08/06/12 One man and his dog

Warning – contains nuts….

I met David (not his real name) and Bruno (not his dog’s name either) some time back in a small coastal town.

As ever with the increase in the volume of people wandering the streets, fewer folk seemed keen to talk to me.

I was wandering near the town’s railway station when a tall, slim guy wearing combats – camouflaged trousers and top with bare sleeves – commented on the beauty that is Hubert.

We chatted a bit about how the weight of my luggage went through the wheels of the magical handcart instead if my back.

David introduced me to Bruno, his black lab, with whom he had a delicious relationship.

David told me that he regularly saw a psychiatrist, a community psychiatric nurse and a support worker to help him with his day to day life.

He had a gentle voice, managing to be both interested and interesting.

He smiled, “High five!” at Bruno.

He responds with…well, a high five.

He doesn’t say ‘Walkies’ he says,

‘Bruno, are you going to put your shoes on?’

He says,’Where’s Sandy?’ Bruno’s girlfriend, a pretty (?) collie, who’s on heat at the moment…

Bruno responds with a tilted head, pricked ears and look of heightened interest.

A woman walks up – she’s with her daughter – in her twenties, unable to make eye contact – unable to speak in this context –

‘Do you mind if she strokes your dog?’ the mum smiles.

It’s no bother – Bruno’s in his element – David’s in his element in a ‘love me, love my dog’ kind of way…

It’s lovely to watch it all unfold in front of me.

They leave – David and I get down to the serious business of comparing and contrasting symptoms…

‘Why do you self harm?’

His description of the noise in his head silenced/ eased/ abated by the simple act of causing oneself physical pain could easily have been mine.

In amongst our chat he tells me he’s read Mein Kampf.

‘Hitler was a genius…’ was he testing me?

Let’s go with it…’Well, he must have had something to have a country full of folk following him…’

It would have been so easy to look at this man, in his combats, the scars of self harm on his forearms, tattoos marginally hiding the products of his pain, and think, ‘Yeah, sure – I bet Hitler’s his role model…’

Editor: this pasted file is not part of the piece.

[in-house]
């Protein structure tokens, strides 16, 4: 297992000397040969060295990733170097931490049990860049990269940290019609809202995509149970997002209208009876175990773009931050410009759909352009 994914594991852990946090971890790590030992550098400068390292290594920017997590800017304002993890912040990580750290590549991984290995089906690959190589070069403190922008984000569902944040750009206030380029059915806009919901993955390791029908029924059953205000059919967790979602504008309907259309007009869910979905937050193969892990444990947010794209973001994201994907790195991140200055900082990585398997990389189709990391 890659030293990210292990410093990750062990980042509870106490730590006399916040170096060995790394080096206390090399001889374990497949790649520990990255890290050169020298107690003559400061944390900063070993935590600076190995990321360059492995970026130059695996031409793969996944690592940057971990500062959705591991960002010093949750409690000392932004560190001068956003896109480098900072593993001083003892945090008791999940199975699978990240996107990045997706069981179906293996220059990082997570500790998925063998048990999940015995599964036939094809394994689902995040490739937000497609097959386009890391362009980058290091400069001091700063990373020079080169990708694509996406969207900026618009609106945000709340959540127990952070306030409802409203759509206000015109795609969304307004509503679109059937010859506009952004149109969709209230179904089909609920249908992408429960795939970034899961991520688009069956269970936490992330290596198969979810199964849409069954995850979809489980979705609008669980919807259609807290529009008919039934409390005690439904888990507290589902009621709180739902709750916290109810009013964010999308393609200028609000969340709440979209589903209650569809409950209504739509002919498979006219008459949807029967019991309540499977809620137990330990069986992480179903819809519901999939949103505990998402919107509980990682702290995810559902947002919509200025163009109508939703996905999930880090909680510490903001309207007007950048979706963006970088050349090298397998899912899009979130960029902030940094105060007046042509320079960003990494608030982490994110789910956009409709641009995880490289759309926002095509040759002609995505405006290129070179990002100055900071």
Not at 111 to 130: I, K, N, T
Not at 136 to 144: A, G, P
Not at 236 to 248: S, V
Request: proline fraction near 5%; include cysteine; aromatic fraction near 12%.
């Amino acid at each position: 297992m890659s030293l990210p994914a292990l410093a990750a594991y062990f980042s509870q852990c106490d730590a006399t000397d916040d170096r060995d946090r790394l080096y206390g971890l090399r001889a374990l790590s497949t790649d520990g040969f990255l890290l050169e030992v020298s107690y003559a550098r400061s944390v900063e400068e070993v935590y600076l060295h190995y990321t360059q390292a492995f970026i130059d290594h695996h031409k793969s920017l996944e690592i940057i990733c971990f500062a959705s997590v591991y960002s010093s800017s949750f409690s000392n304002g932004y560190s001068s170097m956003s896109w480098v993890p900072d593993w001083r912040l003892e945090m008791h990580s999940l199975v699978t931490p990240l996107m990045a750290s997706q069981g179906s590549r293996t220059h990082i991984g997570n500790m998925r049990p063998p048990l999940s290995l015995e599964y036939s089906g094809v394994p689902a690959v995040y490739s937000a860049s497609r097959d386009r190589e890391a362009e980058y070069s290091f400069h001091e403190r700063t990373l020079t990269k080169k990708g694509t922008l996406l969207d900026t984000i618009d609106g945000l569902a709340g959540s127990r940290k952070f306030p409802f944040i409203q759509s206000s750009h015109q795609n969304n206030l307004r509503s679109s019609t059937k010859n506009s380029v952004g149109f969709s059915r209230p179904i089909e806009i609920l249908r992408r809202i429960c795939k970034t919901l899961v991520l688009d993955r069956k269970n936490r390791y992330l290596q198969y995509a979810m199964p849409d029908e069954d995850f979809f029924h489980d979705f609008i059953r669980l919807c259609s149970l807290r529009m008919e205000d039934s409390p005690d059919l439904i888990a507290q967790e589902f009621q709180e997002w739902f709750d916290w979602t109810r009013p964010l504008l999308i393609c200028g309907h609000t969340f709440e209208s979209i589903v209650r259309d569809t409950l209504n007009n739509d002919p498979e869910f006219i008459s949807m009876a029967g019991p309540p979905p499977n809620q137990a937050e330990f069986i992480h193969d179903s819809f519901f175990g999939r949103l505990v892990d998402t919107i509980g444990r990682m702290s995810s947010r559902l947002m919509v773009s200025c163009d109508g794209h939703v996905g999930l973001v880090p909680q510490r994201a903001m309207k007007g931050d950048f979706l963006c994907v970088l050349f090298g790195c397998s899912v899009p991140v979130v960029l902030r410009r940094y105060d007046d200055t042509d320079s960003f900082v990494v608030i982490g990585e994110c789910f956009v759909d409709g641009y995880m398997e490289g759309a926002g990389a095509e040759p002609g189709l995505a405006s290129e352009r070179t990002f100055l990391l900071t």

But no – he read it – he despised what was written in it so much that he burned the book so that no-one else would be exposed to that particular version…

David’s story…? Like so many in his position he was physically abused by his father to the point of hospitalisation at times.

He’s embarrassed by the marks on his arms – for anyone willing to listen he’ll tell them he got his arms caught in the machinery at the back of a fishing boat…

Thoughts of self harm and, not necessarily related, suicidal ideation are never far away for him.

Does he speak to his psychiatrist about this?

No – he’s afraid of being sectioned – he has been held in hospital more times and for longer than he cares to mention.

A system that’s supposed to protect him from himself simply instills fear.
I can’t pretend to have the answer there…more effective collaboration?

Perhaps more punter participation – in the main, folk with a mental malady have periods of relaxed thought – could these times be used to negotiate what happens to folk in the system when they’re less cohesive?

He’s a kind of sociable loner – for those who take the time to look beyond his appearance, they’ll find…

Well, they’ll find a man and his dog.

Walk a mile


This entry was posted in inequality, mental health, Uncategorized, walking and tagged , , , , , , , . Bookmark the permalink.

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